Art
Arts and Entertainment
Cillian Murphy stars as Tommy Shelby in Peaky Blinders

TV
Arts and Entertainment
The cast of The Big Bang Theory in a still from the show

TV
Arts and Entertainment

art
Arts and Entertainment
Rupert Murdoch and Rebekah Brooks in 2011

Review: A panoramic account of the hacking scandal

books
PROMOTED VIDEO
Arts and Entertainment
Adèle Exarchopoulos and Léa Seydoux play teeneage lovers in the French erotic drama 'Blue Is The Warmest Colour' - The survey found four times as many women admitting to same-sex experiences than 20 years ago

TV
Arts and Entertainment
Comedian Jack Dee has allegedly threatened to quit as chairman of long-running Radio 4 panel show 'I’m Sorry I Haven’t A Clue'

Edinburgh Festival
Have you tried new the Independent Digital Edition apps?
Arts and Entertainment
Director Paul Thomas Anderson (right) and his movie The Master featuring Joaquin Phoenix

film
Arts and Entertainment
Christian Grey cradles Ana in the Fifty Shades of Grey film

film
Arts and Entertainment
There are no plans to replace R Kelly at the event

music
Arts and Entertainment
<p><strong>Laura
Carmichael- Lady Edith Crawley</strong></p>
<p>Carmichael currently stars as Sonya in the West End production of
Chekhov’s Uncle Vanya at the Vaudeville Theatre. She made headlines this autumn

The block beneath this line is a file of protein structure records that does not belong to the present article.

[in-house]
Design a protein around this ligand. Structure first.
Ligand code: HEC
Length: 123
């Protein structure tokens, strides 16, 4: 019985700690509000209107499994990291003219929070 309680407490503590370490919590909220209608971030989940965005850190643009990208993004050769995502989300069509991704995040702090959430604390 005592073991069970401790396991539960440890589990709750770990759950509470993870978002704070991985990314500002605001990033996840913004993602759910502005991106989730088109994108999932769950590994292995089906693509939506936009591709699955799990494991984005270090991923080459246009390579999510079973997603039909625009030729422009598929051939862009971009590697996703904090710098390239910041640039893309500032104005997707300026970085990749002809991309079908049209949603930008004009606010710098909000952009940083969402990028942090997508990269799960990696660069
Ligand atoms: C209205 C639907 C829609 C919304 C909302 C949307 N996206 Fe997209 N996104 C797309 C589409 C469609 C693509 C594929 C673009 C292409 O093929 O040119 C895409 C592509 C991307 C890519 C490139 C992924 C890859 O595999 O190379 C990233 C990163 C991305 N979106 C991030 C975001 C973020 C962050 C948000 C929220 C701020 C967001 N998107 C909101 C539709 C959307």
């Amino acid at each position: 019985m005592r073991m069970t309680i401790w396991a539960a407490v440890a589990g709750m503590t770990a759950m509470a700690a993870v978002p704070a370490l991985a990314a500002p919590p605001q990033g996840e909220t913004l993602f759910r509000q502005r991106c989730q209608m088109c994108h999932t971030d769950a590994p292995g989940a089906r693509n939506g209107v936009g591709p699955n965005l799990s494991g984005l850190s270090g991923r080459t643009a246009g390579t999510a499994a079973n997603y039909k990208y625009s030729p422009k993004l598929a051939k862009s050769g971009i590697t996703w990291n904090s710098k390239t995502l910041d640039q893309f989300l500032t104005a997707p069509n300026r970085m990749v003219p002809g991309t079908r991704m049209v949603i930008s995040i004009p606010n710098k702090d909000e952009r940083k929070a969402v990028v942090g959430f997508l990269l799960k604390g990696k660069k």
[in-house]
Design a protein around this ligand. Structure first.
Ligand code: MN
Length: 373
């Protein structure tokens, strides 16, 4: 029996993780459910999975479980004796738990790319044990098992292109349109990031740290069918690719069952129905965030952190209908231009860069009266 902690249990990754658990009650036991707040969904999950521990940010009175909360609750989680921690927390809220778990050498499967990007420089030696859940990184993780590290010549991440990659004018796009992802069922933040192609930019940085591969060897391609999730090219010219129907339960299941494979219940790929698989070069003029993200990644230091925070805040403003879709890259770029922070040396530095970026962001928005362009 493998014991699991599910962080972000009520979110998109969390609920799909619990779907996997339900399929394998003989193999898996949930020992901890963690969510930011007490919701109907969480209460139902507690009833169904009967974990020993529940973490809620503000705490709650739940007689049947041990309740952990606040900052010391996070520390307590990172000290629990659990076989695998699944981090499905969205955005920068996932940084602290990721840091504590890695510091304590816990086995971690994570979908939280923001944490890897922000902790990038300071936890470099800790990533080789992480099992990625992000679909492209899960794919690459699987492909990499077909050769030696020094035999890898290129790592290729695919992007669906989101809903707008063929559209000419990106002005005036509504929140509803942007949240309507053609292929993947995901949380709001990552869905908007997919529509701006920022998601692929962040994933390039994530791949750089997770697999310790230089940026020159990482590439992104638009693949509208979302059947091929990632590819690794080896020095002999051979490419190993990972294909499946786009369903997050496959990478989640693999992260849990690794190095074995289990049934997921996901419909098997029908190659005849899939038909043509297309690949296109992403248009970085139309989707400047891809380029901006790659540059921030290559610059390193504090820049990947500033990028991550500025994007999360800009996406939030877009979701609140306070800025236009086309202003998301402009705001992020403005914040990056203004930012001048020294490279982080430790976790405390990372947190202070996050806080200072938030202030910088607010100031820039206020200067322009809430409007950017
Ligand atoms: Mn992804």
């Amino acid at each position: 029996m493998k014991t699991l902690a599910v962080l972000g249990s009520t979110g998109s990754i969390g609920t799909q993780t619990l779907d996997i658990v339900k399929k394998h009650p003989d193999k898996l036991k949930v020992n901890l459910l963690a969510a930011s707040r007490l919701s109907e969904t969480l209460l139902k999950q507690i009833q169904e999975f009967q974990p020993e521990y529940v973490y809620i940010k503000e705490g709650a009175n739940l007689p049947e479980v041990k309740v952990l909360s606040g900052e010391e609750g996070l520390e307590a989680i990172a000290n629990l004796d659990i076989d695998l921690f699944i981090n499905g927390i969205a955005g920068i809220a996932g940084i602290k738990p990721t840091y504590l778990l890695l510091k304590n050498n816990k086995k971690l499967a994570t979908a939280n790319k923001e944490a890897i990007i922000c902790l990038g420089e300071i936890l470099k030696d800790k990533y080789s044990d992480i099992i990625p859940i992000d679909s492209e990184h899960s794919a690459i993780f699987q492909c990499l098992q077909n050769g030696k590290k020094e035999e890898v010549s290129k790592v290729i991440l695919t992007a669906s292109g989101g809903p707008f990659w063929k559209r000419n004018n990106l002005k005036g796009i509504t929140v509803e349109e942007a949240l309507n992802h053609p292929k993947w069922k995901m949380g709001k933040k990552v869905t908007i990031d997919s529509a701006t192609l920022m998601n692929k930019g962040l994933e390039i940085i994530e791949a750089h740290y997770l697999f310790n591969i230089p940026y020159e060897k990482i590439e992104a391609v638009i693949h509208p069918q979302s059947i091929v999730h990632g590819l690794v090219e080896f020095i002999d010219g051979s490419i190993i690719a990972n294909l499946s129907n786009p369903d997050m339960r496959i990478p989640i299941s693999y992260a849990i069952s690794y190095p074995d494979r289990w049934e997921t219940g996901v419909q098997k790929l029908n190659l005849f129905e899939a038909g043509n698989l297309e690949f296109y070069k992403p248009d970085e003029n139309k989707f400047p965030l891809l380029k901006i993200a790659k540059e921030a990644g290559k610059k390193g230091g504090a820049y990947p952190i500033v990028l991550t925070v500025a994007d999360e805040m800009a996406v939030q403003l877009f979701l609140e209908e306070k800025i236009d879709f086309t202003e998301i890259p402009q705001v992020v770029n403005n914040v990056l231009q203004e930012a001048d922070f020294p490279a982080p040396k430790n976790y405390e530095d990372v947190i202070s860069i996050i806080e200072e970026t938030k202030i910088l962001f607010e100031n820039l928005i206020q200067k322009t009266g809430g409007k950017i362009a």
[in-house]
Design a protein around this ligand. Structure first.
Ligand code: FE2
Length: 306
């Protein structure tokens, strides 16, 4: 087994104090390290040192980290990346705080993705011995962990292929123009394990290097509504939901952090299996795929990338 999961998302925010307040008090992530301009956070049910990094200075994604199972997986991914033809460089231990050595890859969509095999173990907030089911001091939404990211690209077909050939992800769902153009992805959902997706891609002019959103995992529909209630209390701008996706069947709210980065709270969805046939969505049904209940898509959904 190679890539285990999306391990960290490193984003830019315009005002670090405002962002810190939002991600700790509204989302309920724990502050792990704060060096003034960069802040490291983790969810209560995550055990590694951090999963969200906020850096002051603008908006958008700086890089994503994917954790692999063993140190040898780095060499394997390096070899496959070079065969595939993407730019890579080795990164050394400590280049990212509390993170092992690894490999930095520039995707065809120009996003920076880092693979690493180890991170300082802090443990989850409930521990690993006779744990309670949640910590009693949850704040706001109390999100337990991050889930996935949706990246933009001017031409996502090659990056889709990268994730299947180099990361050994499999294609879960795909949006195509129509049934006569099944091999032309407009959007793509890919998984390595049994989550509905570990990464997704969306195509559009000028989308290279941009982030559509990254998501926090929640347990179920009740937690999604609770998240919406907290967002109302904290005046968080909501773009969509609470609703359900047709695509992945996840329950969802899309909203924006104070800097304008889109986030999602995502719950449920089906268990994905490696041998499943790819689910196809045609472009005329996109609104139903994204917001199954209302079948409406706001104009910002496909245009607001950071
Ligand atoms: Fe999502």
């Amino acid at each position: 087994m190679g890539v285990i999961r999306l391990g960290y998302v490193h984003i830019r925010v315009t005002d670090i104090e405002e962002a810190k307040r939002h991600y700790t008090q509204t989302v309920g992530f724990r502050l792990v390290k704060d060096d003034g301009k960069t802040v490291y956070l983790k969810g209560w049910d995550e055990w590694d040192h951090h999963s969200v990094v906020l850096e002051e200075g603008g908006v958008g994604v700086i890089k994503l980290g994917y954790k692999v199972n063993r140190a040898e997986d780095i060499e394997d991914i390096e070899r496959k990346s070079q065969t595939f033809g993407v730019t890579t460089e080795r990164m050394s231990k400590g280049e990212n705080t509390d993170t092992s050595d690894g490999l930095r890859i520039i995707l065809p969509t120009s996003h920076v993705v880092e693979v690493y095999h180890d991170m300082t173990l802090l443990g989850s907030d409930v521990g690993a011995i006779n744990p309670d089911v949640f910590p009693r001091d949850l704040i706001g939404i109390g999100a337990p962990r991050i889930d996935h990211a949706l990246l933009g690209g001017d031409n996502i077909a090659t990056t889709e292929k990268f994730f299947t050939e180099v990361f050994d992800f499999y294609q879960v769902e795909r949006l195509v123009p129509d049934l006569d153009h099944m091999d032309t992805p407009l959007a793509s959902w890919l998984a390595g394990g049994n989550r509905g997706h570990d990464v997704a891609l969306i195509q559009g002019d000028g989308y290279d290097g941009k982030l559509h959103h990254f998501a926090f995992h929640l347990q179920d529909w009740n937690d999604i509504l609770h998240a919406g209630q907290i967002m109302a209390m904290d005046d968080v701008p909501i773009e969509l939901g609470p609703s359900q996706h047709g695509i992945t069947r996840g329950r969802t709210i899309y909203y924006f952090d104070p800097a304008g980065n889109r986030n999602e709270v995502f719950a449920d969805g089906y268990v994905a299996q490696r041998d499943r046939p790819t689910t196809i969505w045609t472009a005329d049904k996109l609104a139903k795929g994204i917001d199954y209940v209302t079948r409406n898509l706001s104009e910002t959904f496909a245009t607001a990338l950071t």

when Royal Shakespeare Company founder Sir Peter Hall shouted at her in a
half-sleepy state during her performance. </p>
<p>Carmichael made another appearance on the stage in 2011, playing
two characters in David Hare’s <em>Plent</em>y
at the Crucible Theatre in Sheffield. </p>
<p>Away from the stage she starred as receptionist Sal in the 2011
film <em>Tinker Tailor Solider Spy</em>. </p>

TV
Arts and Entertainment

film
Arts and Entertainment
Zoe Saldana admits she's

TV
Arts and Entertainment
'Old Fashioned' will be a different kind of love story to '50 Shades'
film
Arts and Entertainment

film
Arts and Entertainment
The Great British Bake Off contestants line-up behind Sue and Mel in the Bake Off tent

TV
Arts and Entertainment
Mitch Winehouse is releasing a new album

music
Arts and Entertainment

TV
Arts and Entertainment
Beast would strip to his underpants and take to the stage with a slogan scrawled on his bare chest whilst fans shouted “you fat bastard” at him

music
Arts and Entertainment
On set of the Secret Cinema's Back to the Future event

film
Arts and Entertainment
Gal Gadot as Wonder Woman

film
Arts and Entertainment
Pedro Pascal gives a weird look at the camera in the blooper reel

TV
Arts and Entertainment
Public vote: Art Everywhere poster in a bus shelter featuring John Hoyland
art
Arts and Entertainment
Peter Griffin holds forth in The Simpsons Family Guy crossover episode

TV
Arts and Entertainment
Judd Apatow’s make-it-up-as-you-go-along approach is ideal for comedies about stoners and slackers slouching towards adulthood
filmWith comedy film audiences shrinking, it’s time to move on
Arts and Entertainment
booksForget the Man Booker longlist, Literary Editor Katy Guest offers her alternative picks
Arts and Entertainment
Off set: Bab El Hara
tvTV series are being filmed outside the country, but the influence of the regime is still being felt
Independent
Travel Shop
the manor
Up to 70% off luxury travel
on city breaks Find out more
santorini
Up to 70% off luxury travel
on chic beach resorts Find out more
sardina foodie
Up to 70% off luxury travel
on country retreats Find out more
Latest stories from i100
Have you tried new the Independent Digital Edition apps?

ES Rentals

    Independent Dating
    and